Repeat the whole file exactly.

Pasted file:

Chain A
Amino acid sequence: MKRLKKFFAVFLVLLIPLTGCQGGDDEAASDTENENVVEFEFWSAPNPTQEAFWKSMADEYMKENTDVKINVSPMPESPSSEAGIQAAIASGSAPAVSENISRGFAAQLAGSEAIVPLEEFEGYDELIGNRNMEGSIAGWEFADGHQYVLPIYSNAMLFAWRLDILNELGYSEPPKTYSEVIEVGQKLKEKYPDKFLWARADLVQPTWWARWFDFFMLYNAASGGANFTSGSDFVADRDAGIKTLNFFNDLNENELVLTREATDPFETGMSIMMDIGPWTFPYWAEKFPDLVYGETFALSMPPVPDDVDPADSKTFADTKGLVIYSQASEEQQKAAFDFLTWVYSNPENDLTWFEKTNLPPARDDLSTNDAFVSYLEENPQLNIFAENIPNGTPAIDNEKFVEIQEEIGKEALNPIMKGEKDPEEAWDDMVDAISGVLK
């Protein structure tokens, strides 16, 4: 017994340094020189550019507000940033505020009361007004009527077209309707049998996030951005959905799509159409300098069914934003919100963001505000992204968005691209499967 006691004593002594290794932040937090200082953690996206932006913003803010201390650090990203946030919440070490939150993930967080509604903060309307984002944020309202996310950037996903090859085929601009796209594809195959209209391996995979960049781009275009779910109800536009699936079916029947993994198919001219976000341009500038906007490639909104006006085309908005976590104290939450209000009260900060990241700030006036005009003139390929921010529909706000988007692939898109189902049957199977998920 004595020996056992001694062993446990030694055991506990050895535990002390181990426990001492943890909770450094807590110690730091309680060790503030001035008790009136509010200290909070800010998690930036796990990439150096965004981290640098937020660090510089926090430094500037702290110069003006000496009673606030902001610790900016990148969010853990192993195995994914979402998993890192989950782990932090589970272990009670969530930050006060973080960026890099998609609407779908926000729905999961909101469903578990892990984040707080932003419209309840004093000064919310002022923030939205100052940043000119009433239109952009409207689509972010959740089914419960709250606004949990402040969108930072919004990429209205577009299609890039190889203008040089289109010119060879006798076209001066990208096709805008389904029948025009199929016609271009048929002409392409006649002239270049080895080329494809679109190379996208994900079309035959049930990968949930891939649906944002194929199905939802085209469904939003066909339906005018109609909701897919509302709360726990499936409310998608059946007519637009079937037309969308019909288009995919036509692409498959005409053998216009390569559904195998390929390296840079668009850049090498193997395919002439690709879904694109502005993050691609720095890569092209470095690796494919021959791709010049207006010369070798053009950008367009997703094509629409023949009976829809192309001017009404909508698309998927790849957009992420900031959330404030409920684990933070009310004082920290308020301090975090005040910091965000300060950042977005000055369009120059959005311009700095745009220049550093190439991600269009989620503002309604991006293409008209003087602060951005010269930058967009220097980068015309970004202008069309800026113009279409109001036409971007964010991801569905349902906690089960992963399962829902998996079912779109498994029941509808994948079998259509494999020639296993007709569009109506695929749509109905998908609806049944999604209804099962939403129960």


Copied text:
Chain A
Amino acid sequence: MKRLKKFFAVFLVLLIPLTGCQGGDDEAASDTENENVVEFEFWSAPNPTQEAFWKSMADEYMKENTDVKINVSPMPESPSSEAGIQAAIASGSAPAVSENISRGFAAQLAGSEAIVPLEEFEGYDELIGNRNMEGSIAGWEFADGHQYVLPIYSNAMLFAWRLDILNELGYSEPPKTYSEVIEVGQKLKEKYPDKFLWARADLVQPTWWARWFDFFMLYNAASGGANFTSGSDFVADRDAGIKTLNFFNDLNENELVLTREATDPFETGMSIMMDIGPWTFPYWAEKFPDLVYGETFALSMPPVPDDVDPADSKTFADTKGLVIYSQASEEQQKAAFDFLTWVYSNPENDLTWFEKTNLPPARDDLSTNDAFVSYLEENPQLNIFAENIPNGTPAIDNEKFVEIQEEIGKEALNPIMKGEKDPEEAWDDMVDAISGVLK
């Protein structure tokens, strides 16, 4: 017994340094020189550019507000940033505020009361007004009527077209309707049998996030951005959905799509159409300098069914934003919100963001505000992204968005691209499967 006691004593002594290794932040937090200082953690996206932006913003803010201390650090990203946030919440070490939150993930967080509604903060309307984002944020309202996310950037996903090859085929601009796209594809195959209209391996995979960049781009275009779910109800536009699936079916029947993994198919001219976000341009500038906007490639909104006006085309908005976590104290939450209000009260900060990241700030006036005009003139390929921010529909706000988007692939898109189902049957199977998920 004595020996056992001694062993446990030694055991506990050895535990002390181990426990001492943890909770450094807590110690730091309680060790503030001035008790009136509010200290909070800010998690930036796990990439150096965004981290640098937020660090510089926090430094500037702290110069003006000496009673606030902001610790900016990148969010853990192993195995994914979402998993890192989950782990932090589970272990009670969530930050006060973080960026890099998609609407779908926000729905999961909101469903578990892990984040707080932003419209309840004093000064919310002022923030939205100052940043000119009433239109952009409207689509972010959740089914419960709250606004949990402040969108930072919004990429209205577009299609890039190889203008040089289109010119060879006798076209001066990208096709805008389904029948025009199929016609271009048929002409392409006649002239270049080895080329494809679109190379996208994900079309035959049930990968949930891939649906944002194929199905939802085209469904939003066909339906005018109609909701897919509302709360726990499936409310998608059946007519637009079937037309969308019909288009995919036509692409498959005409053998216009390569559904195998390929390296840079668009850049090498193997395919002439690709879904694109502005993050691609720095890569092209470095690796494919021959791709010049207006010369070798053009950008367009997703094509629409023949009976829809192309001017009404909508698309998927790849957009992420900031959330404030409920684990933070009310004082920290308020301090975090005040910091965000300060950042977005000055369009120059959005311009700095745009220049550093190439991600269009989620503002309604991006293409008209003087602060951005010269930058967009220097980068015309970004202008069309800026113009279409109001036409971007964010991801569905349902906690089960992963399962829902998996079912779109498994029941509808994948079998259509494999020639296993007709569009109506695929749509109905998908609806049944999604209804099962939403129960």